极速pk拾预测: Hard Brexit will make people worse off
极速快乐8群 www.vunoz.cn Britain's Institute for Public Policy Research has found that a hard Brexit would have an adverse impact on lower-income groups and all those outside London, because household spending involved goods and services that will be hit by price rises.
Household bills will rise by between $323 and $2,590 a year after Brexit, with lower-income groups and people in Northern Ireland, Wales, the Midlands and the north-east being the most impacted.
The UK's vote to leave the European Union arose in part from deep social and geographical divides across the country.
In the two years since the referendum, some have argued that Brexit could boost the incomes of poorer groups through cheaper food prices, while others have argued that the most vulnerable groups and regions would bear the greatest burden of a hard Brexit.
The IPPR report said Wales and the north-east were most at risk because of their disproportionate reliance on producing goods and food for export to the EU including Welsh lamb, Airbus wings and cars.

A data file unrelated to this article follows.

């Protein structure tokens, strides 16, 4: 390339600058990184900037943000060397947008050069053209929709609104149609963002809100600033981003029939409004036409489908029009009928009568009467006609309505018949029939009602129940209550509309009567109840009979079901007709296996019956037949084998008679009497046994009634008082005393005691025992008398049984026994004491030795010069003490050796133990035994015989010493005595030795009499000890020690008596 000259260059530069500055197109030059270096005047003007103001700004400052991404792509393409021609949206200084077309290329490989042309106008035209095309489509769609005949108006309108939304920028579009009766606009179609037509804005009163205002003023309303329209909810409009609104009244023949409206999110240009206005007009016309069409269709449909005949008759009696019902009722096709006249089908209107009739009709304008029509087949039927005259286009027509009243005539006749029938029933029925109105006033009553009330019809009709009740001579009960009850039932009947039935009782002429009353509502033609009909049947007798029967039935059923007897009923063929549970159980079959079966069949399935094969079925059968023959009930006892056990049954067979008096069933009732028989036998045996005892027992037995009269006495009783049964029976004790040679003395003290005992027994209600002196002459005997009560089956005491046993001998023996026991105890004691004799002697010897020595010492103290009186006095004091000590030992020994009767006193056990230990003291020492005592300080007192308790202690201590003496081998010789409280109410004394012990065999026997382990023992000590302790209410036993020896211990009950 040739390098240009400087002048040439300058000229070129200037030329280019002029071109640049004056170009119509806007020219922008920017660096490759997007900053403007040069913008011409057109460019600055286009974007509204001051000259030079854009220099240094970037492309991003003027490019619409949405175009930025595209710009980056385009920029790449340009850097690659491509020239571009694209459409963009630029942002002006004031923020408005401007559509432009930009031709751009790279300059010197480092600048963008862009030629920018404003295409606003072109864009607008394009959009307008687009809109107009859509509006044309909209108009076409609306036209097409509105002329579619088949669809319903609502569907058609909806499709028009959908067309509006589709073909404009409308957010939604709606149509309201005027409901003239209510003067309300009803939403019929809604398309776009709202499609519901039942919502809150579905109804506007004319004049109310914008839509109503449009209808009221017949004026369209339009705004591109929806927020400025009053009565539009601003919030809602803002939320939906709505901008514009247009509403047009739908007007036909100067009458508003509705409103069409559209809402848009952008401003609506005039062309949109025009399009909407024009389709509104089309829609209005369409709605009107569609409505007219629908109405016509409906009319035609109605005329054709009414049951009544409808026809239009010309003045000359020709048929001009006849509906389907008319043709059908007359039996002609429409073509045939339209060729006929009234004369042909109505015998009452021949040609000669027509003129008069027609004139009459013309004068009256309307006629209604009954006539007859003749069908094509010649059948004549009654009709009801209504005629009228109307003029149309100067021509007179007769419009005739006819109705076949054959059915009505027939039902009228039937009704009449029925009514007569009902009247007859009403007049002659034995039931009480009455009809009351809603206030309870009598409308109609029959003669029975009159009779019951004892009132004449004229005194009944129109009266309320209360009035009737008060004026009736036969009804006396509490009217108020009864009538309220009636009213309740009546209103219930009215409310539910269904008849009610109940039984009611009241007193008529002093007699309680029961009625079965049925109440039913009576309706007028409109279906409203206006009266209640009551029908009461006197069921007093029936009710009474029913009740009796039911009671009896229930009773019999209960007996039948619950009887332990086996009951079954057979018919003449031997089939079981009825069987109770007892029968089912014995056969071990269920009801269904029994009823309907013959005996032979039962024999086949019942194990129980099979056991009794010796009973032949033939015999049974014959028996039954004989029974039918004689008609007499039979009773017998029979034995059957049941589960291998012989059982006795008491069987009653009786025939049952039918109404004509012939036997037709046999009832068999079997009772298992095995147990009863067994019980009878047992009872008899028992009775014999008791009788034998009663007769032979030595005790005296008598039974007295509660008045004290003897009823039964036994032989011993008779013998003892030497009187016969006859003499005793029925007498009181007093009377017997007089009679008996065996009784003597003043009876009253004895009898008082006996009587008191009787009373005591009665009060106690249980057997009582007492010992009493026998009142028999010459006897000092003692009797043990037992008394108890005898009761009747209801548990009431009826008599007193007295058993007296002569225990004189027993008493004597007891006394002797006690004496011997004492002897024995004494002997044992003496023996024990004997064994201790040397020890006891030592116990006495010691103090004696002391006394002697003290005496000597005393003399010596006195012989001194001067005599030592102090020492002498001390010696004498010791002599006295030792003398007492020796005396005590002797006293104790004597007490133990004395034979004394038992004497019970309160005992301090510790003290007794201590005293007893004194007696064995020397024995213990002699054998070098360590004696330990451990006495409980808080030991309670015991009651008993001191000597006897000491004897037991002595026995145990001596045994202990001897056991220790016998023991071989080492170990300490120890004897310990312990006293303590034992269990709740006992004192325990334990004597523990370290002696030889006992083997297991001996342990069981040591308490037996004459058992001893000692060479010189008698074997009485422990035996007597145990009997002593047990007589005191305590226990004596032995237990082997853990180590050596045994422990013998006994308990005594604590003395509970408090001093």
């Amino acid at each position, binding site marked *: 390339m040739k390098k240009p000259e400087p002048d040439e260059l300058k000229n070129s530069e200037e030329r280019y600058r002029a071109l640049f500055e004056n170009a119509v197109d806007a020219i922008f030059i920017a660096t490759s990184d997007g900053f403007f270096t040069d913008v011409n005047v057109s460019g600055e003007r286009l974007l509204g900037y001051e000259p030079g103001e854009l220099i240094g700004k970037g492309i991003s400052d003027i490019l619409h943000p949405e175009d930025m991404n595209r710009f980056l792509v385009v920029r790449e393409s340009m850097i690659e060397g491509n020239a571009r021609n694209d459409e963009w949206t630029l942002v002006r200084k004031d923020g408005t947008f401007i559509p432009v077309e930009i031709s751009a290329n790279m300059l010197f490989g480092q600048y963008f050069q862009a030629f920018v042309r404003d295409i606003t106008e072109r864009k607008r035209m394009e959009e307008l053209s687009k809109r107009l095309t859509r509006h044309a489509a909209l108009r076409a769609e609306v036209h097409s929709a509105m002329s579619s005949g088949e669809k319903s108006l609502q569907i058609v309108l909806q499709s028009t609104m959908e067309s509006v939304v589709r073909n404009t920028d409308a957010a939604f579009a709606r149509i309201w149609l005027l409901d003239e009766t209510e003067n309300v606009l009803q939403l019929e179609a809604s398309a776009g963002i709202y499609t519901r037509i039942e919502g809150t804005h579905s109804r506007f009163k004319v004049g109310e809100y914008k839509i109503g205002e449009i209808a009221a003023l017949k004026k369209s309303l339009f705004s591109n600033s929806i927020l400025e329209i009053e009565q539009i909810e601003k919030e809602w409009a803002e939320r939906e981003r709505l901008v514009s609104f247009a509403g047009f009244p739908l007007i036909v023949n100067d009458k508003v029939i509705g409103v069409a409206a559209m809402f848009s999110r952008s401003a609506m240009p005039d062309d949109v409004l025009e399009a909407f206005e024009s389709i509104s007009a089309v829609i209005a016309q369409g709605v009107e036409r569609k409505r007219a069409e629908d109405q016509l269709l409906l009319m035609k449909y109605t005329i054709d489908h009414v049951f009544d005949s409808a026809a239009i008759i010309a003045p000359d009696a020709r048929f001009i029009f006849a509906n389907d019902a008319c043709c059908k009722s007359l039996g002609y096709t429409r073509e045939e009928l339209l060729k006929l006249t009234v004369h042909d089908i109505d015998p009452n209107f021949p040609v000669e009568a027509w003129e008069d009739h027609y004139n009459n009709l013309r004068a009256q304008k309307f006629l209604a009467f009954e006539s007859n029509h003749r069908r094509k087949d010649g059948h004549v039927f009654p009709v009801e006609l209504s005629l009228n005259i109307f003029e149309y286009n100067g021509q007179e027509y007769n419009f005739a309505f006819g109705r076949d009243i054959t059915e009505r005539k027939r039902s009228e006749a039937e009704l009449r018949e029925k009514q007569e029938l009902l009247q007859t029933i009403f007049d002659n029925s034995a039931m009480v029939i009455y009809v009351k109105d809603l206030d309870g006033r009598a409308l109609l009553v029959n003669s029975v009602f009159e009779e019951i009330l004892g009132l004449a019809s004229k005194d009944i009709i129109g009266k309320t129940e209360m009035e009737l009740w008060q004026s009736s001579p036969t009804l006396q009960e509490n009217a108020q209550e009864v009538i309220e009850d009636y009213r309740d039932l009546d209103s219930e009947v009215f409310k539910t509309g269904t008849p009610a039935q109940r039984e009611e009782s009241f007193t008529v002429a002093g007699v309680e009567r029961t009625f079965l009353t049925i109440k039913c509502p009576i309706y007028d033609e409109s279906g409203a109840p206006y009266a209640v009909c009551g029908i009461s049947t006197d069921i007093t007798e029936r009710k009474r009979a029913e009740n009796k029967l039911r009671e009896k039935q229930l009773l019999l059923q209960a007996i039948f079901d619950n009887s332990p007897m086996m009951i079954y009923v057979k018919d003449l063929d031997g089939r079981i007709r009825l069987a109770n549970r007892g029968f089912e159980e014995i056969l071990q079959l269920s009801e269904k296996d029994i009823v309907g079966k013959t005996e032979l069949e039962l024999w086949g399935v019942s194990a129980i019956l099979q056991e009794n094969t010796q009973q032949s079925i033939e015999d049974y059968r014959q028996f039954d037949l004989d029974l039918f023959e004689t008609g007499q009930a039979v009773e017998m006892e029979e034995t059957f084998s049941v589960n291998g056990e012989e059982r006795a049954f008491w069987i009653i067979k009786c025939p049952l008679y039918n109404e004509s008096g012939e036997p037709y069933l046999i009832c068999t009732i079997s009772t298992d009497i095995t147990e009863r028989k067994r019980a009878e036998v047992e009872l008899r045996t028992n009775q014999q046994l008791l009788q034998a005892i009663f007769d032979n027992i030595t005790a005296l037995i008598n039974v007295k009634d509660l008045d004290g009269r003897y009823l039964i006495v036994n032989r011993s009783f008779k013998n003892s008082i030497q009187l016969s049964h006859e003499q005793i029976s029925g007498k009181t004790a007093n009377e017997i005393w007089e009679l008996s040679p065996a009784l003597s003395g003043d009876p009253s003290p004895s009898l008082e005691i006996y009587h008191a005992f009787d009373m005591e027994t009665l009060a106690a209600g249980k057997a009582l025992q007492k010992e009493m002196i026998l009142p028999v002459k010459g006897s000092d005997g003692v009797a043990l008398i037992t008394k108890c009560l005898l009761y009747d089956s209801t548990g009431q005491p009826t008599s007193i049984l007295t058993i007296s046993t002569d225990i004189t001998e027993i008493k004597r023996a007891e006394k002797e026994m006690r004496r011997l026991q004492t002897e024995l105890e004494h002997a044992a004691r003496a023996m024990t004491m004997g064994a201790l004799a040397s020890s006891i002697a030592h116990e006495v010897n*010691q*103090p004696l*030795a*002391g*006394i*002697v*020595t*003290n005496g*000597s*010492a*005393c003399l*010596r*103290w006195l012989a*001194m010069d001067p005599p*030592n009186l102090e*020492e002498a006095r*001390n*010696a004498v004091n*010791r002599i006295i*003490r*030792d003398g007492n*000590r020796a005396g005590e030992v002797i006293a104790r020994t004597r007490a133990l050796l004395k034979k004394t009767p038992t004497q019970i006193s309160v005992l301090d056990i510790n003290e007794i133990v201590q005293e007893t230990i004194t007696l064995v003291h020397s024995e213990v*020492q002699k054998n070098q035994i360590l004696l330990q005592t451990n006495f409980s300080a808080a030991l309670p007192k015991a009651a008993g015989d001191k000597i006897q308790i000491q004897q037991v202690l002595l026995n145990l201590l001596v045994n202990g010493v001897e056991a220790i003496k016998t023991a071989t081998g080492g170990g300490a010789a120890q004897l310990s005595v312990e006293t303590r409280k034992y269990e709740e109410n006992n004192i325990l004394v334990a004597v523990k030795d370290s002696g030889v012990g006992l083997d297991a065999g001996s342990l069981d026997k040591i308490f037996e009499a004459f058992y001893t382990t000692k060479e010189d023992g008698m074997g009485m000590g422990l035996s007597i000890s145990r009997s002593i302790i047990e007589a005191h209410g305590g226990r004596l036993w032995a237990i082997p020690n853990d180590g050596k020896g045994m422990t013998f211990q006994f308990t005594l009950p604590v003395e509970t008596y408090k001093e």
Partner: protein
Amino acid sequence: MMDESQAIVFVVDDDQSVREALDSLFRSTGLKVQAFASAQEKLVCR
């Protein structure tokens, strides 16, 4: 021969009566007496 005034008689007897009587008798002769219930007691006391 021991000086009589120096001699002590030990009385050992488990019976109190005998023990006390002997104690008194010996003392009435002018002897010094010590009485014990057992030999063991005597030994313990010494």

"All income groups, including the poorest, will face negative impacts," said the IPPR.
It is expected that Northern Ireland, with the poorest economy of the 12 regions of the United Kingdom, would be hit worst by increased costs.
The UK is due to leave the EU on March 29, 2019, and negotiations are taking place on what the future relationship between the UK and the EU will look like.
Key things that have yet to be agreed are how the two sides will trade with each other in years to come－and how to avoid new border checks between Northern Ireland and the Republic of Ireland, which is a member of the EU.
Before reaching agreement with the EU, Prime Minister Theresa May needs to resolve splits within her cabinet on the shape of Brexit.
A new plan for the post-Brexit customs arrangements is to be presented to ministers on Friday. It is expected to propose an independent trade policy and friction-free trade. But no details have yet been revealed about how it will work.
The government has so far talked publicly about two potential customs options.
One, a customs partnership, would mean the UK applies the EU's own tariffs and rules of origin to all goods arriving in the country and then hands over what was owed for goods that subsequently end up in the EU.
The other, known as maximum facilitation or max-fac, aims to employ new technology to remove the need for physical customs checks where possible.